Selenium is a trace mineral, which means that the body only needs a small amount of it, however, it must be obtained through your diet. Selenium can be found naturally in foods such as seafood, brazil nuts, sunflower seeds, shitake mushrooms and broccoli, but can be also taken in supplement form.
Although our bodies only require a small amount, this goes a long way in playing an important role in many bodily processes, including reproduction, thyroid gland function and DNA production.
Key benefits of selenium supplementation:
- Supports overall health (sparse in the soils and foods of many regions)
- Supports thyroid function
- Immune benefits
- Reduced inflammation and oxidation
A growing body of research suggests that a diet rich in selenium may protect the brain against mental decline and furthermore could improve memory loss in people with Alzheimer’s disease.5,6
Vitamin B12 is an essential nutrient our bodies need to function properly; it is one of the most complex vitamins. Vitamin B12 is needed to help keep your blood and nerve cells healthy, it plays an essential role in energy production and DNA synthesis, which is why those with a deficiency often feel extremely fatigued.
Our bodies cannot make vitamin B12 so it must be obtained through our diet. It can be found naturally in many animal produce, such as red meat, eggs, and dairy, as well as fermented produce such as nutritional yeast. Those on a plant-based diet may struggle to reach B12 requirements, which is where a multi-nutrient supplement like Good Green Vitality can be helpful.
Key benefits of B12 supplementation:
- Reduces chronic pain
- Possible antioxidant properties
- Normalises serum vitamin B12 levels and alleviates symptoms related to vitamin B12 deficiency
Oral vitamin B12 supplementation has been shown to normalise serum vitamin B12 levels and address the clinical manifestations related to vitamin B12 deficiency and is a cost-effective, more comfortable alternative to intramuscular vitamin B12.7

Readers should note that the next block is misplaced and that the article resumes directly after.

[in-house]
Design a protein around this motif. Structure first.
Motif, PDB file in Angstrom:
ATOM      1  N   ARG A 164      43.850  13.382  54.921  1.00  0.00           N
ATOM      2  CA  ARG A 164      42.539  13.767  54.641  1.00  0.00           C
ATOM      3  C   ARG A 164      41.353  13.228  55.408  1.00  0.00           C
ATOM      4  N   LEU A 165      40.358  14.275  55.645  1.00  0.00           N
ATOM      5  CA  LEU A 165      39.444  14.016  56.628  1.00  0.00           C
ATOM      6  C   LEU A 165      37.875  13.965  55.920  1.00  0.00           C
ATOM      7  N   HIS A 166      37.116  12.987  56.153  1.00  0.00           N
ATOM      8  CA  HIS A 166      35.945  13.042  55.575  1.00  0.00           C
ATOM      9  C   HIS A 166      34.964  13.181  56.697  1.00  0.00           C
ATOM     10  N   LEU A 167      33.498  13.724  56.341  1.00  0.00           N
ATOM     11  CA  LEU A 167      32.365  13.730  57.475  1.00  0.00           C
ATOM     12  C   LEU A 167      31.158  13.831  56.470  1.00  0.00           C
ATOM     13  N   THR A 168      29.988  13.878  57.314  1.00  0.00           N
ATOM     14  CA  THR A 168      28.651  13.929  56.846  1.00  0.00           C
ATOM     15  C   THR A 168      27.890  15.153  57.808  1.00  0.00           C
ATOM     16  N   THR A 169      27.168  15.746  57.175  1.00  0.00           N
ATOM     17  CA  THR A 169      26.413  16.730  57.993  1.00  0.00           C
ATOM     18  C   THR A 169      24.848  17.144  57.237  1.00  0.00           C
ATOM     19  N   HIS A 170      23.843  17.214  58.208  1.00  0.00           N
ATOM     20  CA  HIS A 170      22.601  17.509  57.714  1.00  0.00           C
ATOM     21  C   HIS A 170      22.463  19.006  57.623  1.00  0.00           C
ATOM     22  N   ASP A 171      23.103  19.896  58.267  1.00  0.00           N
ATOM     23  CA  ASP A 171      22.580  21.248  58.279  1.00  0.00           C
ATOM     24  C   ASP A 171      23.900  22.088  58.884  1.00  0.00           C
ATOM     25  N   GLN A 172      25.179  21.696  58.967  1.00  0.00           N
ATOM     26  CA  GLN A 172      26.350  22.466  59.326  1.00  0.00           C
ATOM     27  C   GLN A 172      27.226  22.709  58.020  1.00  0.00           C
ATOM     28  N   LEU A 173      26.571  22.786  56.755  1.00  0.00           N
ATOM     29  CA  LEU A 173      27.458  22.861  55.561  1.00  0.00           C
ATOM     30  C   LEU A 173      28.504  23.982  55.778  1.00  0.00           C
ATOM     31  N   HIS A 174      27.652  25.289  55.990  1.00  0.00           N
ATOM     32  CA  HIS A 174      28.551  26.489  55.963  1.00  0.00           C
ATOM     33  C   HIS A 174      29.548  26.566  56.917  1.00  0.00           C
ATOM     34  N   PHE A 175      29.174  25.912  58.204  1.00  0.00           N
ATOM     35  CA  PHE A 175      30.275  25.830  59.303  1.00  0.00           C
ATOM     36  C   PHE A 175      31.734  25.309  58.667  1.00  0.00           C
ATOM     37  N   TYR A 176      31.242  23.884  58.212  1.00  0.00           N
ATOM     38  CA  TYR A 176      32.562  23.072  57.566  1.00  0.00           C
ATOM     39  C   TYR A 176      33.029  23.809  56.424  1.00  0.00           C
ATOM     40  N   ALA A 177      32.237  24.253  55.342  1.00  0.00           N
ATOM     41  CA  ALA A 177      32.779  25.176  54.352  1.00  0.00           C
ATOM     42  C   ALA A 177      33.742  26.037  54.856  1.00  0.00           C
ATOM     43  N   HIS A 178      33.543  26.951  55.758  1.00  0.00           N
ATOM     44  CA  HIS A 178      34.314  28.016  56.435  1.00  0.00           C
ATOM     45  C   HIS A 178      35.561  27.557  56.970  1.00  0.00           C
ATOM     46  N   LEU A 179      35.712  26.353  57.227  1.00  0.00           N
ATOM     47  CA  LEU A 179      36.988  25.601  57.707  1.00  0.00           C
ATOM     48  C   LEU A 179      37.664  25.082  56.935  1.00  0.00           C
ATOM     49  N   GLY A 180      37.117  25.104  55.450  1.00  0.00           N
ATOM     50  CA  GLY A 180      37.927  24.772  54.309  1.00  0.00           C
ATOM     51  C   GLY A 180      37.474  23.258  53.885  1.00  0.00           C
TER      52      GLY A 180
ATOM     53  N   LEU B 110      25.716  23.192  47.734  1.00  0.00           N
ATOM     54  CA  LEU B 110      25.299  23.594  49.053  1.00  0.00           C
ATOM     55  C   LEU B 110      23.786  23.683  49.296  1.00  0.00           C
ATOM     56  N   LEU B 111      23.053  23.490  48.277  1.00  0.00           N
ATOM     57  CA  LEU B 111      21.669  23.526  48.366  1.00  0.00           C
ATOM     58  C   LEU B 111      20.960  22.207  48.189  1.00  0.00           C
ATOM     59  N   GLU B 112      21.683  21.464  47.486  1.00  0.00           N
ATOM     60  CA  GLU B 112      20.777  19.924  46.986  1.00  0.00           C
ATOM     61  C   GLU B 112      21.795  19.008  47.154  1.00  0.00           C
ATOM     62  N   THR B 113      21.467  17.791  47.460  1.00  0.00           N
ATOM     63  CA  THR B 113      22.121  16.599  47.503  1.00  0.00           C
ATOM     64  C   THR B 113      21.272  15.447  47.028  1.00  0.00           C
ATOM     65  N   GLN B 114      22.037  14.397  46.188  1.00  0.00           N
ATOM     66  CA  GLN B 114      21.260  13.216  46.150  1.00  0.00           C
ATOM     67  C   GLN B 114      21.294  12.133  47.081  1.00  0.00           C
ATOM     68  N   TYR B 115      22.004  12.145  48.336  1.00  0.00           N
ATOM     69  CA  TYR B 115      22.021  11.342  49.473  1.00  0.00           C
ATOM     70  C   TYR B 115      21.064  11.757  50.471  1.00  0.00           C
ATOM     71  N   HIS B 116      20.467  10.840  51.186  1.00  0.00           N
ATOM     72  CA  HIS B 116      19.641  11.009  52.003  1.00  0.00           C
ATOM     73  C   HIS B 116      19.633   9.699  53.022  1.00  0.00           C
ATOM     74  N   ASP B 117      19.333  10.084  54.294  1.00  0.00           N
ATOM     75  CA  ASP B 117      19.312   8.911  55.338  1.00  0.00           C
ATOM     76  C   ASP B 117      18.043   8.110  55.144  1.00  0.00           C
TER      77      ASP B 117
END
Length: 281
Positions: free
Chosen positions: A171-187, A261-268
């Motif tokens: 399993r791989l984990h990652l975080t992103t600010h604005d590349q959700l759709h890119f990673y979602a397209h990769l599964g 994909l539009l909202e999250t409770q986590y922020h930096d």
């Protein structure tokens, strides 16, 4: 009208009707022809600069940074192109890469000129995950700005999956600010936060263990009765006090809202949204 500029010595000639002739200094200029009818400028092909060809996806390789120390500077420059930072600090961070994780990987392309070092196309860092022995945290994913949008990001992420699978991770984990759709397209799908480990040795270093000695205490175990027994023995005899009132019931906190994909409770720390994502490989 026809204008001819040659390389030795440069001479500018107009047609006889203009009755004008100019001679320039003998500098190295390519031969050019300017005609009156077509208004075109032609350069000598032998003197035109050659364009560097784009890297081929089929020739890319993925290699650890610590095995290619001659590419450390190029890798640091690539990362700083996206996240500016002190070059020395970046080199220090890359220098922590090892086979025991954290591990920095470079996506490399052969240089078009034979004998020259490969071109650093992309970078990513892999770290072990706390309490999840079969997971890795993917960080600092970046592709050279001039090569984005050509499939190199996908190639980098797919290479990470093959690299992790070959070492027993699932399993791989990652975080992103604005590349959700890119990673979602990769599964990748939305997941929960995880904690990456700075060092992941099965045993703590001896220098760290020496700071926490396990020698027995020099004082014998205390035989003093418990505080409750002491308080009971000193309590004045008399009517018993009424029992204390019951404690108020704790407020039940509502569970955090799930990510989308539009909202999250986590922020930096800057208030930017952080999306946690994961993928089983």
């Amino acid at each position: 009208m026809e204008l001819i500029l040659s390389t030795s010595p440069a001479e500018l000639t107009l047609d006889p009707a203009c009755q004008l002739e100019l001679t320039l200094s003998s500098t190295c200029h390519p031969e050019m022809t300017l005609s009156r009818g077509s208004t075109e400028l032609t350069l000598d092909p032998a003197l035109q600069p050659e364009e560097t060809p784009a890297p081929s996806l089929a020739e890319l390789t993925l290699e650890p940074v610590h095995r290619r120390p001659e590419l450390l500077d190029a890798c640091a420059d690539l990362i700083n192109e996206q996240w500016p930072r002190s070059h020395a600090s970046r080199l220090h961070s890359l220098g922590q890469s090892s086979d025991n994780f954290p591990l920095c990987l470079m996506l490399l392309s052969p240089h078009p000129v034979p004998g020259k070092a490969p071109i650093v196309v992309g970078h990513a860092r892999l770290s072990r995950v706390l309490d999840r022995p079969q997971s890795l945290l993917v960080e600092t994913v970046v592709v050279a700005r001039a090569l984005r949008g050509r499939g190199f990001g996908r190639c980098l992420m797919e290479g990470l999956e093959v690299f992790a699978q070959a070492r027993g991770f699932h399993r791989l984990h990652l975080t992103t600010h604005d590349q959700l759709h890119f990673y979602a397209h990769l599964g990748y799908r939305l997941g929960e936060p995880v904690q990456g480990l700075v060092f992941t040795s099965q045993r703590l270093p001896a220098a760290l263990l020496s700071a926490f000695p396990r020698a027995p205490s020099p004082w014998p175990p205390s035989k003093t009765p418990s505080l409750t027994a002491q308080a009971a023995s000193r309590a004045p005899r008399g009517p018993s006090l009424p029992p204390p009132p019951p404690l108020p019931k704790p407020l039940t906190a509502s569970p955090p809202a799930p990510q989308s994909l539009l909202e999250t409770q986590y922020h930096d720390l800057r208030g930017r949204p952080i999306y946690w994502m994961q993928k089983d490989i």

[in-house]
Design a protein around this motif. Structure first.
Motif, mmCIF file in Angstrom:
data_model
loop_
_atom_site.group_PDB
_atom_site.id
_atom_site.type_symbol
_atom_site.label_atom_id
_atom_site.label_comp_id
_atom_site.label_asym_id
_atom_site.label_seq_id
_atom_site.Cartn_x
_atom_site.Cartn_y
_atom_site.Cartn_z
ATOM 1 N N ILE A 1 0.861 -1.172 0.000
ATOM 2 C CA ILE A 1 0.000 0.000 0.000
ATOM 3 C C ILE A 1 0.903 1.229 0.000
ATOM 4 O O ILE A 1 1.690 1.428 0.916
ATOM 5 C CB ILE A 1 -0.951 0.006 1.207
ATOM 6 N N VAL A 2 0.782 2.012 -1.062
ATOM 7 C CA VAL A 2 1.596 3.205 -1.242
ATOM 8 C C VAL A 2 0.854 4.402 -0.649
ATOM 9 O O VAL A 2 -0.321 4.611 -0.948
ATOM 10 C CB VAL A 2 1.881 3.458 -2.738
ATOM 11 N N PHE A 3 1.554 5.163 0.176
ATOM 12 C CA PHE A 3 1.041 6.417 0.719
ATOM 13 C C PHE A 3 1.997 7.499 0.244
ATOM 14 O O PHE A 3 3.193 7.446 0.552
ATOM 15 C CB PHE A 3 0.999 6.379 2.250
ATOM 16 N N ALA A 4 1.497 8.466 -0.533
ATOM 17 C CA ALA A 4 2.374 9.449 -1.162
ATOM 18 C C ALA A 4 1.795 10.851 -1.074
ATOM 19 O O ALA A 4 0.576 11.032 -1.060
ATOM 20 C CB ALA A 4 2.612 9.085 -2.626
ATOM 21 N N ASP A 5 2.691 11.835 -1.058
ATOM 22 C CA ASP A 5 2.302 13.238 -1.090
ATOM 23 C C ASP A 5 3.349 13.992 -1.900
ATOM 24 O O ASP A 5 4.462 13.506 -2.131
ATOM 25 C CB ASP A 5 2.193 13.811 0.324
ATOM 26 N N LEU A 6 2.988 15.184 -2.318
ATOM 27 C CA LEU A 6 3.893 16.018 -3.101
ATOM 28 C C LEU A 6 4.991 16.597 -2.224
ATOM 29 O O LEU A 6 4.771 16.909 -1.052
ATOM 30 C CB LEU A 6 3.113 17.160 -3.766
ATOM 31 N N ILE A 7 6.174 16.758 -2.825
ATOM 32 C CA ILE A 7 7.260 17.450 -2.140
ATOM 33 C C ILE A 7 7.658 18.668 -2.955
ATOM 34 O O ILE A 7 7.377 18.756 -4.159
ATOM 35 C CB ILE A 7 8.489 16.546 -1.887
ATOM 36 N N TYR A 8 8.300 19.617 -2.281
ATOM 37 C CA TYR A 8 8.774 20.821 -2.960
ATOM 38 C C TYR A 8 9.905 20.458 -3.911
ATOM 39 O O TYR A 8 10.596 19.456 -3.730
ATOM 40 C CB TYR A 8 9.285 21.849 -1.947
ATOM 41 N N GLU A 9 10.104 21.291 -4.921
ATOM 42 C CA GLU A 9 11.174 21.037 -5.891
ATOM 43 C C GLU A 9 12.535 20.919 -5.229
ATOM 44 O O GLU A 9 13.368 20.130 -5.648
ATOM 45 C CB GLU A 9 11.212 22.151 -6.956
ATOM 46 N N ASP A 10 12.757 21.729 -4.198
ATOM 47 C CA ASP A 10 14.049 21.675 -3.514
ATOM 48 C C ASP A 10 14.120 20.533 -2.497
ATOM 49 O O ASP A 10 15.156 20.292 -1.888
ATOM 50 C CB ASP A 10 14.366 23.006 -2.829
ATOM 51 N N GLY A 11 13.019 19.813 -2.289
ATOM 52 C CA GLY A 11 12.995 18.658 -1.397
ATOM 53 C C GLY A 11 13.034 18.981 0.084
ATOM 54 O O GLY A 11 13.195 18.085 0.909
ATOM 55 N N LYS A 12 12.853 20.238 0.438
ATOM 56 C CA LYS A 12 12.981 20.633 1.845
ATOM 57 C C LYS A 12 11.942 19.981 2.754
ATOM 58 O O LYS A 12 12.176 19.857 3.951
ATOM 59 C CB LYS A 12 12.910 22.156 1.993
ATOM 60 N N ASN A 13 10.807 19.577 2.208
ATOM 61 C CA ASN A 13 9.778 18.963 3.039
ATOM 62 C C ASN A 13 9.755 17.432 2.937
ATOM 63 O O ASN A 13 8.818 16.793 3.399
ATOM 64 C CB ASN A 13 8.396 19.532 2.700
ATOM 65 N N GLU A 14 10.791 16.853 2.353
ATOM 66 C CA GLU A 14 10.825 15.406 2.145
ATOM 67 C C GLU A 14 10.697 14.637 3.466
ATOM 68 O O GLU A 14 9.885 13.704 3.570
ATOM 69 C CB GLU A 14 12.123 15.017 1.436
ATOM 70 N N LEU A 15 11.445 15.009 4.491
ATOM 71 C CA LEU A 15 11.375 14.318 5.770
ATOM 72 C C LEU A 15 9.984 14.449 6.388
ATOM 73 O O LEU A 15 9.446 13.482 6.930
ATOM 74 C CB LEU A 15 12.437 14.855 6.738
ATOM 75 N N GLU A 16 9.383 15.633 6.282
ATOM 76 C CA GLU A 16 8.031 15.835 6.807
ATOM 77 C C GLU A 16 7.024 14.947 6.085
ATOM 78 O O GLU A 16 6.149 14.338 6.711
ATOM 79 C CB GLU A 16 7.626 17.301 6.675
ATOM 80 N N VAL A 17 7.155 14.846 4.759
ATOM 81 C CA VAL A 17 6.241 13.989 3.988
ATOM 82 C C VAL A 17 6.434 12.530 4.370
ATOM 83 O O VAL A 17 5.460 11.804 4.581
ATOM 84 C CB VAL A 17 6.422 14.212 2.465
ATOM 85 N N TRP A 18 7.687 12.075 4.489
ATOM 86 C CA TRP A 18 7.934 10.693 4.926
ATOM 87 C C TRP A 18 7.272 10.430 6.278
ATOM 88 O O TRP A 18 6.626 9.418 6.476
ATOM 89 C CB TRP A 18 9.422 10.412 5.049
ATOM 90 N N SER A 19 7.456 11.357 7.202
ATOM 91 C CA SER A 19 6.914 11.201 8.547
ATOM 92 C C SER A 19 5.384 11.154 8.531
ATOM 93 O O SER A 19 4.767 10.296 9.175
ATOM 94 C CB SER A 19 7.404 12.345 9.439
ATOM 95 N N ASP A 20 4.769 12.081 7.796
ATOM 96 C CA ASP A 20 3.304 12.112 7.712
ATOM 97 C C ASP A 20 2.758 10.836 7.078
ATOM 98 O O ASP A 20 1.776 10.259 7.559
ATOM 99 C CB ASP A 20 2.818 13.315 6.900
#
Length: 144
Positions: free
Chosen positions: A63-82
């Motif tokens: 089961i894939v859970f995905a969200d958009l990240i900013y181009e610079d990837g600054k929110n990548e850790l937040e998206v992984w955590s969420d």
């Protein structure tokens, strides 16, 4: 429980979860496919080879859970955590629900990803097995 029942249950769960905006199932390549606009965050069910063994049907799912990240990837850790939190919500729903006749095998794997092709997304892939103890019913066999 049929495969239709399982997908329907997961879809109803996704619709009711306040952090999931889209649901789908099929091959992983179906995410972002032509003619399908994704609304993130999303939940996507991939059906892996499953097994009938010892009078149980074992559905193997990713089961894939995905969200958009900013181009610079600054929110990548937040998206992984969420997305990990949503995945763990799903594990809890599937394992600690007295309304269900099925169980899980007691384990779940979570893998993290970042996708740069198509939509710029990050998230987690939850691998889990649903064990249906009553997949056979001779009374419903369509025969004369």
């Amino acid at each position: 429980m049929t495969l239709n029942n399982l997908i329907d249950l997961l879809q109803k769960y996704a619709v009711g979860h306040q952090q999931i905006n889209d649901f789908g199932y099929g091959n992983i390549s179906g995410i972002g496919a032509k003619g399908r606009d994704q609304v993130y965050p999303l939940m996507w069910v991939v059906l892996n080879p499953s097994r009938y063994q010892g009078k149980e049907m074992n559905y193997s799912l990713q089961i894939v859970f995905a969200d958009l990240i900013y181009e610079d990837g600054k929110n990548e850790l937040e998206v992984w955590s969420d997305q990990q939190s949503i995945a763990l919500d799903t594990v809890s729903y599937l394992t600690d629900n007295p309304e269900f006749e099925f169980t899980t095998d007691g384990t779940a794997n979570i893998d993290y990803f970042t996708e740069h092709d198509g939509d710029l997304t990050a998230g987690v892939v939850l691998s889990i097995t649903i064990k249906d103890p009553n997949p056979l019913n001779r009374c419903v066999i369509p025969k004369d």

Many of us do not get all the essential micronutrients that we need to thrive from our diet alone. Designed as a daily supplement to help fill key nutritional gaps, Good Green Vitality is nutritional insurance rather than a replacement to a healthy balanced diet. We always encourage whole food as the main source of nutrition. Coupled with a good diet, Good Green Vitality is your ultimate daily nutritional back-up.
Sarter B. Coenzyme Q10 and Cardiovascular Disease: A Review. Journal of Cardiovascular Nursing. 2002;16(4):9-20.
Young AJ, Johnson S, Steffens DC, Doraiswamy PM. Coenzyme Q10: A Review of Its Promise as a Neuro-protectant. CNS Spectrums. 2007;12(1):62-8.
Ramamoorthy, A., & Premakumari, S. (1996). Effect of supplementation of Spirulina on hypercholesterolemic patients. JOURNAL OF FOOD SCIENCE AND TECHNOLOGY-MYSORE-, 33, 124-127.
Singh, N., Bhalla, M., de Jager, P., & Gilca, M. (2011). An overview on ashwagandha: a Rasayana (rejuvenator) of Ayurveda. African Journal of Traditional, Complementary and Alternative Medicines, 8(5S).
Cardoso, B. R., Ong, T. P., Jacob-Filho, W., Jaluul, O., Freitas, M. I. D. Á., & Cozzolino, S. M. F. (2010). Nutritional status of selenium in Alzheimer's disease patients. British journal of nutrition, 103(6), 803-806.
Van der Jeugd, A., Parra-Damas, A., Baeta-Corral, R., Soto-Faguás, C. M., Ahmed, T., LaFerla, F. M., ... & Saura, C. A. (2018). Reversal of memory and neuropsychiatric symptoms and reduced tau pathology by selenium in 3xTg-AD mice. Scientific reports, 8(1), 1-12.
Jessica B, Nitish A, Janet S. The Bioavailability of Various Oral Forms of Folate Supplementation in Healthy Populations and Animal Models: A Systematic Review. The Journal of Alternative and Complementary Medicine. 2019;25(2):169-80.